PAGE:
…Therefore, one that thinks Freya is her pal and does prayers daily may not reap any more rewards than someone that performs major rites to her only a couple times a year. Indeed, going by the Havamal the person doing daily prayers may be in danger of Freya completely turning her back on her…
If you only do it for the reward…yes. But I think we could replace “her” with “Swain” and “Freya” with “Odin” and have a pretty good idea of Swain’s experience with devotional practice. Give too much thinking of what you will gain, and the God will turn their back on you.
It’s like having a mortal friend. Say you’re working in a cubical farm and every day you buy a pack of six cookies and you give a couple of them to the person in the cubical next to you every day. If you give for the sake of kindness and friendship, that person who receives them will think kindly of you. But if in the giving it become apparent that you want them to repay your gift with something of theirs and your gifts were given only with the desire to gain…then they will not be your friend and they will not give to you what it was you desired of them.
That is the true warning of the Havamal, I think.
…Too, I think the gods and goddesses are very much about quality over quantity. A couple of big gifts a year I think means more to them than daily burning incense…
I am, financially, a poor person. It is not in my ability to give “big gifts” even a few times a year. But I can offer sincerer devotion via small things very often. A cup of coffee. A stick of incense. A burning flame.
Swain here is right about it being quality over quantity, but he’s right for all the wrong reasons. He thinks it is the quality of the gift you give over the quantity, but in reality it is the quality of your faith over the quantity of a gift’s value. Honest devotion, given over small rites, is better than dishonest devotion given over massive rights.
There’s a quote I have saved somewhere (sorry, couldn’t find it) from a Roman who put forth that without honest piety, the massive rites and sacrifices performed at the Olympic Games was nothing more than a massive expenditure by the state.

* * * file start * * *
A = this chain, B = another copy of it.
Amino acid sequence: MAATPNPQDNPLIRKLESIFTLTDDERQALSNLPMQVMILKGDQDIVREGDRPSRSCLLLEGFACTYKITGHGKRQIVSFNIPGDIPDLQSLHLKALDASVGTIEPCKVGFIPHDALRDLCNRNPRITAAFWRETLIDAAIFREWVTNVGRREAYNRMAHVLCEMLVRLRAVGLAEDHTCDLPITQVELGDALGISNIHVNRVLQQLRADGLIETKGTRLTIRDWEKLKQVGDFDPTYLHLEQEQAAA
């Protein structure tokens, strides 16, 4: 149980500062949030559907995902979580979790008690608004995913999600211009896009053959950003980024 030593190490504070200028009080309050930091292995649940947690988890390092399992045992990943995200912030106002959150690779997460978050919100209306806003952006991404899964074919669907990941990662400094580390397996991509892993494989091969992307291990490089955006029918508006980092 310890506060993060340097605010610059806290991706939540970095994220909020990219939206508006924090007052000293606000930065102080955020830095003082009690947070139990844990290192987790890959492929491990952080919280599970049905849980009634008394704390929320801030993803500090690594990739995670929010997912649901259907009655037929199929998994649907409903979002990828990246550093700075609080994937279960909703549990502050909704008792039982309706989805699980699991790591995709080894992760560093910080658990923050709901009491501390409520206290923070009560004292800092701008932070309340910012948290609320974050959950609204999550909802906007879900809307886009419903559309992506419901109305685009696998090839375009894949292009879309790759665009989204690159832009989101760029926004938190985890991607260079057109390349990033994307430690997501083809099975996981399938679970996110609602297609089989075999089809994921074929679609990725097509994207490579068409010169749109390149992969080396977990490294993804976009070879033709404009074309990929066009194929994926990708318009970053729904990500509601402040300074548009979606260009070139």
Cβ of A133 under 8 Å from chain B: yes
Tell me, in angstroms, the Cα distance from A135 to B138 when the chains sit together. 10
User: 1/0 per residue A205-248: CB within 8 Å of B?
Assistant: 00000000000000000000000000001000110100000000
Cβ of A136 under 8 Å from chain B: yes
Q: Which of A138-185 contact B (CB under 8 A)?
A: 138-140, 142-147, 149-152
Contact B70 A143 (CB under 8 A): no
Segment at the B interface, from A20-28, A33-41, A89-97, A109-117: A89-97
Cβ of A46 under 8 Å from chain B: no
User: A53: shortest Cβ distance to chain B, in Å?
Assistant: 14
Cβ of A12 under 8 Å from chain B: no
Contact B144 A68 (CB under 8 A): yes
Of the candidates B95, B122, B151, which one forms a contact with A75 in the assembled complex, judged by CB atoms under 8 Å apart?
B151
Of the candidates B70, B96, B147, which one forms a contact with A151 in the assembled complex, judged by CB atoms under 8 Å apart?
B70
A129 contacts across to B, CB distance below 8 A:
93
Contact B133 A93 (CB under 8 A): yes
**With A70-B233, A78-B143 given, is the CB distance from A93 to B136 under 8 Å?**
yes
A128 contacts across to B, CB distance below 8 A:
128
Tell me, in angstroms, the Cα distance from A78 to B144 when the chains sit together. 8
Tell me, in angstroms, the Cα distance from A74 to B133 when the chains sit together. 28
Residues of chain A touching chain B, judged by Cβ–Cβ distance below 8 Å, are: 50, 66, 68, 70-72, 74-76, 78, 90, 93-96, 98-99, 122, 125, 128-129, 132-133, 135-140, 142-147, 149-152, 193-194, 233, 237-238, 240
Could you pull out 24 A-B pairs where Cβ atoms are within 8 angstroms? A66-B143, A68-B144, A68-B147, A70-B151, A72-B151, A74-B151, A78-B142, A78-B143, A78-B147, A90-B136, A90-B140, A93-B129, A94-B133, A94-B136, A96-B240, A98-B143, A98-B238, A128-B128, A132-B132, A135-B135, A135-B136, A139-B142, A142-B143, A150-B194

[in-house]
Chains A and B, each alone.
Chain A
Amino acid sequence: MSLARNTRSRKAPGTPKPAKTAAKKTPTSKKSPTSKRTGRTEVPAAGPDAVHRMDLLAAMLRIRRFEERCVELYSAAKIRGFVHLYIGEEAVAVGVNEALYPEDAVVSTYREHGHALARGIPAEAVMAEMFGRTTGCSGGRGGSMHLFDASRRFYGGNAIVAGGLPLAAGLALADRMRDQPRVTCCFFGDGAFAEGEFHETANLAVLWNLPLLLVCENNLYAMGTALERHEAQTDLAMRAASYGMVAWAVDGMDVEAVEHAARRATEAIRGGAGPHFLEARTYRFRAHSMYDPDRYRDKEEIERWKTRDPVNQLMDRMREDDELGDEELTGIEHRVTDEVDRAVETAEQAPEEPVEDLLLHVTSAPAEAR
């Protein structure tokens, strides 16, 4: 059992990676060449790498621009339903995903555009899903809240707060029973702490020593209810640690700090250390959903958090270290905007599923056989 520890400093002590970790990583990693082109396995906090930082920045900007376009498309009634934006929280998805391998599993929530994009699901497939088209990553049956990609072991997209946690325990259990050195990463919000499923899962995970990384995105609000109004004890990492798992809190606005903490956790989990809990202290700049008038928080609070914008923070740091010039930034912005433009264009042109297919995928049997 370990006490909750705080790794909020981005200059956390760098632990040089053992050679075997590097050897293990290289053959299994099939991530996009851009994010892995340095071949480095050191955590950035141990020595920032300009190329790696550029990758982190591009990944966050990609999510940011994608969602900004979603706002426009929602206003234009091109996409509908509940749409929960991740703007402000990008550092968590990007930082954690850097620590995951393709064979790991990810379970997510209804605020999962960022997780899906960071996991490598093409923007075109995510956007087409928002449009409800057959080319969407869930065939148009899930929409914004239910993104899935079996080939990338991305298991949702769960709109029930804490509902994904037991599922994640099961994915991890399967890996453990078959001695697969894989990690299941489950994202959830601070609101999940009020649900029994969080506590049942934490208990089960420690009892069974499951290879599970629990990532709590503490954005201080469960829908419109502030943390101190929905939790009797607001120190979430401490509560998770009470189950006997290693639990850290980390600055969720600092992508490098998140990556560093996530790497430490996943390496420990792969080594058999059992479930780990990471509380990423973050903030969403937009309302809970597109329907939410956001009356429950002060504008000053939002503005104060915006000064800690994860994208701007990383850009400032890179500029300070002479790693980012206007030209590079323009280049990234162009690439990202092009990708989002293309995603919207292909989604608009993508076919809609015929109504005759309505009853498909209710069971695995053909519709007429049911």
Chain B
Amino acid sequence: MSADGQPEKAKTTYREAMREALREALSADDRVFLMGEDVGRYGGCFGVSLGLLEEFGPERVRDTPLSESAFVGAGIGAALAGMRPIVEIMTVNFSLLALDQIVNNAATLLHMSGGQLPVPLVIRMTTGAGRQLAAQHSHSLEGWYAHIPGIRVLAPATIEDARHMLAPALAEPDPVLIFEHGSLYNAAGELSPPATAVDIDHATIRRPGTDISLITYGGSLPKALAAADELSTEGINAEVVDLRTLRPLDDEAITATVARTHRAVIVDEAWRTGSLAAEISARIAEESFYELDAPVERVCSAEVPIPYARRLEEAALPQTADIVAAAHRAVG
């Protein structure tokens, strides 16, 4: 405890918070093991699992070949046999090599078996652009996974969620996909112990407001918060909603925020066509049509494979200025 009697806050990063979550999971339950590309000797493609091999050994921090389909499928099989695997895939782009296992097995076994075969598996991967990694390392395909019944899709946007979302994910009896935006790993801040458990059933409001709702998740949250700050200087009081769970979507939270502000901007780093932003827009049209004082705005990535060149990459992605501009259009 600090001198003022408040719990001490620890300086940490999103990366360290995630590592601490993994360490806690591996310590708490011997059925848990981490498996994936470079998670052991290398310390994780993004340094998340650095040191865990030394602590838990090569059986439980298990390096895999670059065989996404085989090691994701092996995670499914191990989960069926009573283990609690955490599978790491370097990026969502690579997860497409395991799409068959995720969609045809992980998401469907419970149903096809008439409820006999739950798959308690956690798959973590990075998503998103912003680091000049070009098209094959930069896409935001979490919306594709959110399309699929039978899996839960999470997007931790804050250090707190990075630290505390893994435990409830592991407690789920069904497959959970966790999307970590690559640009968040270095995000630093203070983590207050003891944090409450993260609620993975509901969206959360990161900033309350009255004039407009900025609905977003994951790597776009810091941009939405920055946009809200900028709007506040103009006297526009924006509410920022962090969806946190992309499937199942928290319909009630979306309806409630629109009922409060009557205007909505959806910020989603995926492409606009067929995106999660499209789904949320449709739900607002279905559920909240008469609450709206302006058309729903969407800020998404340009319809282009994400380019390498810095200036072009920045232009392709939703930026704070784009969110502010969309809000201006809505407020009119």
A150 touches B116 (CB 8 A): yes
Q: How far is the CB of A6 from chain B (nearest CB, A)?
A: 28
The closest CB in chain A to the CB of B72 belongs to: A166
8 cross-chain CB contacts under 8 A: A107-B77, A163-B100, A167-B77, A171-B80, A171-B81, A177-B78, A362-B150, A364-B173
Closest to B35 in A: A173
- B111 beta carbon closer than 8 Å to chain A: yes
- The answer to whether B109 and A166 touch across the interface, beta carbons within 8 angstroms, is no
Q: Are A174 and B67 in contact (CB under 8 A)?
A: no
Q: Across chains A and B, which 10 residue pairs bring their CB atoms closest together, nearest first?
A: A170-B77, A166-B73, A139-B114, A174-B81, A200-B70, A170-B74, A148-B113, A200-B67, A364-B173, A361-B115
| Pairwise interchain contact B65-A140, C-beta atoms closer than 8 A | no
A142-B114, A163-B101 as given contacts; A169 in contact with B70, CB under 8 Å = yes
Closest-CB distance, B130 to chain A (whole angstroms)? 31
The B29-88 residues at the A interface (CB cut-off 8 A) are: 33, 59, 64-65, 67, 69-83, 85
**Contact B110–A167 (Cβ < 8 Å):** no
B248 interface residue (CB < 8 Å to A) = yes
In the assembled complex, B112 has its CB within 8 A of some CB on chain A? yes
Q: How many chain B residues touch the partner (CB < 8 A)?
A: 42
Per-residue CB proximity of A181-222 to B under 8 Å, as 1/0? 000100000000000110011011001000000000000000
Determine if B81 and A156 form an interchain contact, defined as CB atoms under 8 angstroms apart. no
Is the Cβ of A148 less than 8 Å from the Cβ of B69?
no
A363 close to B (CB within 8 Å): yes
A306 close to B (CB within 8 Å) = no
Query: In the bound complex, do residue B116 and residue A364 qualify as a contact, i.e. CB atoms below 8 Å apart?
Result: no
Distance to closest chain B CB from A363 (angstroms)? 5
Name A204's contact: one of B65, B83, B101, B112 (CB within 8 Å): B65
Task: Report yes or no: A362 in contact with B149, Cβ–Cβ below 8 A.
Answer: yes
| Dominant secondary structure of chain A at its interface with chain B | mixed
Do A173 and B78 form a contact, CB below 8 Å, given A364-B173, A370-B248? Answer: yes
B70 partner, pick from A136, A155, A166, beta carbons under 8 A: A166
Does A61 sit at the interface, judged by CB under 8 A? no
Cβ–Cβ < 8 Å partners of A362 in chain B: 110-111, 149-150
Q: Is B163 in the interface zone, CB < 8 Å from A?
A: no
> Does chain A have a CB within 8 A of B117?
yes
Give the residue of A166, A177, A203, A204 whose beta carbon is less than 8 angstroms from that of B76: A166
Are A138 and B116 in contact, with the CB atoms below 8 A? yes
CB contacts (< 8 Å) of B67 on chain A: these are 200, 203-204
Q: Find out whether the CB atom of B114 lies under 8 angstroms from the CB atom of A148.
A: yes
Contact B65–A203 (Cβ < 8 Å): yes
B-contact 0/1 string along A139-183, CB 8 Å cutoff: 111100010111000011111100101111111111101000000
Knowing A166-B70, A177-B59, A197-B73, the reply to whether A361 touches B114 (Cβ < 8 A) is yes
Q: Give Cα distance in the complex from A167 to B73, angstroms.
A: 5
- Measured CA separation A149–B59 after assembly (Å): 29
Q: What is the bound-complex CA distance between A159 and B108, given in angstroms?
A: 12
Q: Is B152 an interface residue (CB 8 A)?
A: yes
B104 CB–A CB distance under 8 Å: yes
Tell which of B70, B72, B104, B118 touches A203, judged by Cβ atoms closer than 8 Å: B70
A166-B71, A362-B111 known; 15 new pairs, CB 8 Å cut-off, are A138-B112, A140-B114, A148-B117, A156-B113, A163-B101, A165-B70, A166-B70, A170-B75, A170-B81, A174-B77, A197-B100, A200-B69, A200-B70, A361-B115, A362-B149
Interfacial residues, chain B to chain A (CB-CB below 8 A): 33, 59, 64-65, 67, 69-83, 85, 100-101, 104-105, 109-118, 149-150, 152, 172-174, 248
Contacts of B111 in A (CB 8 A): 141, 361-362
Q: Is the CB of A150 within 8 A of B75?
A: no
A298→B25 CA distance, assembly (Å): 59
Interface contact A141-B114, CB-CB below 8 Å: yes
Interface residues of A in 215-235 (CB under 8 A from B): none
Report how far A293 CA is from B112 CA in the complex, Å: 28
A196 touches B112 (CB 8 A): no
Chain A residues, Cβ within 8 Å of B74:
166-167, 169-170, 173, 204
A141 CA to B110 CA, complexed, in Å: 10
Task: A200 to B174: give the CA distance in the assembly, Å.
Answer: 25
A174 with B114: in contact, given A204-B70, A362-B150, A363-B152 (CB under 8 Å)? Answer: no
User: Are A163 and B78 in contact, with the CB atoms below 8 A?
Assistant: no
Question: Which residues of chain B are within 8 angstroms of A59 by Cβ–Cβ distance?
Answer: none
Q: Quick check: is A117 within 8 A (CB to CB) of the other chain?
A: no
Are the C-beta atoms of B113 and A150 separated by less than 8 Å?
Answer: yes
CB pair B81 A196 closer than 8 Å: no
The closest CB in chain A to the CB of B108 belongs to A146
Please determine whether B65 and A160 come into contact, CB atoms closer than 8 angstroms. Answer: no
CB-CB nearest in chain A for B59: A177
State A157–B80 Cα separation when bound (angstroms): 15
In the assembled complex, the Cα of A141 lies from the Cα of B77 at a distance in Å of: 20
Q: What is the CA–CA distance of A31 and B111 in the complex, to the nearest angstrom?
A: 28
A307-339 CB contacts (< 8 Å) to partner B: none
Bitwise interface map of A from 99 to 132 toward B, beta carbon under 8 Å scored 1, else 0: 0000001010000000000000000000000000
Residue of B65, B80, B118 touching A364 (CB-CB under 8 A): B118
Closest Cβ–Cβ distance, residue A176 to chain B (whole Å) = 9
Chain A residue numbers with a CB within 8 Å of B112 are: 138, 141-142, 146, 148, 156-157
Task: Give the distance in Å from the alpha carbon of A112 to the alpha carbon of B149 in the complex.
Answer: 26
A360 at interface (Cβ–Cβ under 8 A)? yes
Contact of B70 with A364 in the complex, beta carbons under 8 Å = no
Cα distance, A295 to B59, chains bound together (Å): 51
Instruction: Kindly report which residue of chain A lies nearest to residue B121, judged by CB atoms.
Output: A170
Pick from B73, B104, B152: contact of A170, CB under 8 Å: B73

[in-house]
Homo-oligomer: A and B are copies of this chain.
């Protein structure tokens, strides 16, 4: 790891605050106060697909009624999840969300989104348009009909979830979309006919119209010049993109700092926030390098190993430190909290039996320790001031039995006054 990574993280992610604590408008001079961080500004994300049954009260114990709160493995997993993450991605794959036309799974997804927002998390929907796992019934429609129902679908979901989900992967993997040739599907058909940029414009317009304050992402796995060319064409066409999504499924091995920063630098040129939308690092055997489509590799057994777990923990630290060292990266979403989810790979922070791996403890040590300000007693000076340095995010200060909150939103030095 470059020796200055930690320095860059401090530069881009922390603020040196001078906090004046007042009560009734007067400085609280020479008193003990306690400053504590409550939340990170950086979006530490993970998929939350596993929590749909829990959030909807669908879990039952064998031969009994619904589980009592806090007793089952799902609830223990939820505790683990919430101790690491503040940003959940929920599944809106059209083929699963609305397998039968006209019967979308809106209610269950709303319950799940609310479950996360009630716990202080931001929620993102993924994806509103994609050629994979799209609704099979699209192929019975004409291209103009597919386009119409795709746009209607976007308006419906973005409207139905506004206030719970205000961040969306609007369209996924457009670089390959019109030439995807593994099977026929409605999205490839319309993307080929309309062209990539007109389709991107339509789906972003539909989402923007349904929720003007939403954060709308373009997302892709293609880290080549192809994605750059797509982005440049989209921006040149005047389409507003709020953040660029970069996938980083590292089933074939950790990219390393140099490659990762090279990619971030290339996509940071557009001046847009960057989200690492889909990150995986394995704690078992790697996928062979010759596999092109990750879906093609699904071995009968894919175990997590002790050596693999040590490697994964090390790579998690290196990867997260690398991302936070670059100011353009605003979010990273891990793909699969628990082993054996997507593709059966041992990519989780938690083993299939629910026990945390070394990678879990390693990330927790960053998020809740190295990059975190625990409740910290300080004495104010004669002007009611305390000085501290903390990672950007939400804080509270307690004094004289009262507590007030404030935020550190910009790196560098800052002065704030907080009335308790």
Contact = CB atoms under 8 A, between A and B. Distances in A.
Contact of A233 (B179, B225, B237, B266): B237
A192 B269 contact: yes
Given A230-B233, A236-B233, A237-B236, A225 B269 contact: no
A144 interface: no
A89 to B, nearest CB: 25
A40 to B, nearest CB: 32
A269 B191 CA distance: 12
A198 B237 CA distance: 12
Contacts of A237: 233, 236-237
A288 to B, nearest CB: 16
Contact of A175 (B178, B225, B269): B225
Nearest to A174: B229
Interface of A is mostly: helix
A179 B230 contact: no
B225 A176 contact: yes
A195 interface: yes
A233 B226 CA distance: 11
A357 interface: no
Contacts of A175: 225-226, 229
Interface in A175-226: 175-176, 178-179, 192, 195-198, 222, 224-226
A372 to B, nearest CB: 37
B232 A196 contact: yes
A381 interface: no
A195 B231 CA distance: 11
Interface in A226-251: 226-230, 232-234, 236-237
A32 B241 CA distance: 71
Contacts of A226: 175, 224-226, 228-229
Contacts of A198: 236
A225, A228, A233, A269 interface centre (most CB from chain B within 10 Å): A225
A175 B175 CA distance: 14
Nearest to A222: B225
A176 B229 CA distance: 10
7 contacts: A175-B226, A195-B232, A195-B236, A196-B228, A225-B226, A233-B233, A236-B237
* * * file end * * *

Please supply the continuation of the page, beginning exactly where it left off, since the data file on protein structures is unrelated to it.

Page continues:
If you give Odin a $500 dollar of brandy and you expect a similar gain in return, your faith is not, well, in good faith. But the gruel of a faithful man is of more worth to the Gods than any mighty gift given in show of piety.
Again, think of it as a friendship. Who would you be closer to as a friend, the kid shared his desserts with you every day at school, or the kid who just gave you an Xbox once a year? If you say the person who gave you the XBox then what does that say about you as a friend?
…Our gods and goddesses are not like the Christian god. They do not demand professions of faith. They do not demand our love. They do not even demand rites be done to them. We can, if we so wish live on without ever performing another rite to any of the Germanic deities and not suffer for it. Thor is not going to throw a bolt from the blue because we failed to give him a horn of mead last Thursday. At the same time, it is not likely that we will be better rewarded for daily worship of the gods and goddesses than we would be for only worshiping them at the holy tides.
Swain is right, the Gods do not demand these things from us. Because faith by force is not true faith. Or at least, it is not a faith that has the same kind of power as freely given faith. And no, they Gods will not smite you for being, since Swain loves putting this in Christian terms, a “Yule and Easter” Heathen.
But don’t go acting like you’re just as devout, just as devoted, and just as faithful as the person who goes every “Sunday.”
Sure, the Gods might not punish you, they might not hate you, but if you think they’re going to love you as much as a person who honestly comes to them, even up to every day, and says “I don’t have much, but let me share it with you,” then you’re delusional.
Swain is obsessed with the reward. To him, it is all wrapped up in the Heathen concept of “gift for gift.” And while GfG is a wonderful concept, it is not the only one. There’s also Hospitality.
The devotional practitioner, especially one with a “buddy god” is not driven by the desire for reward, but the desire for hospitality and kinship. They open their door every day to the Gods and say “please, sit at my table, for I know you have not many places to eat. Let my altar be your temple, my home your resting place, my food your food, my mead your mead.”
We’ll finish up in Part 2.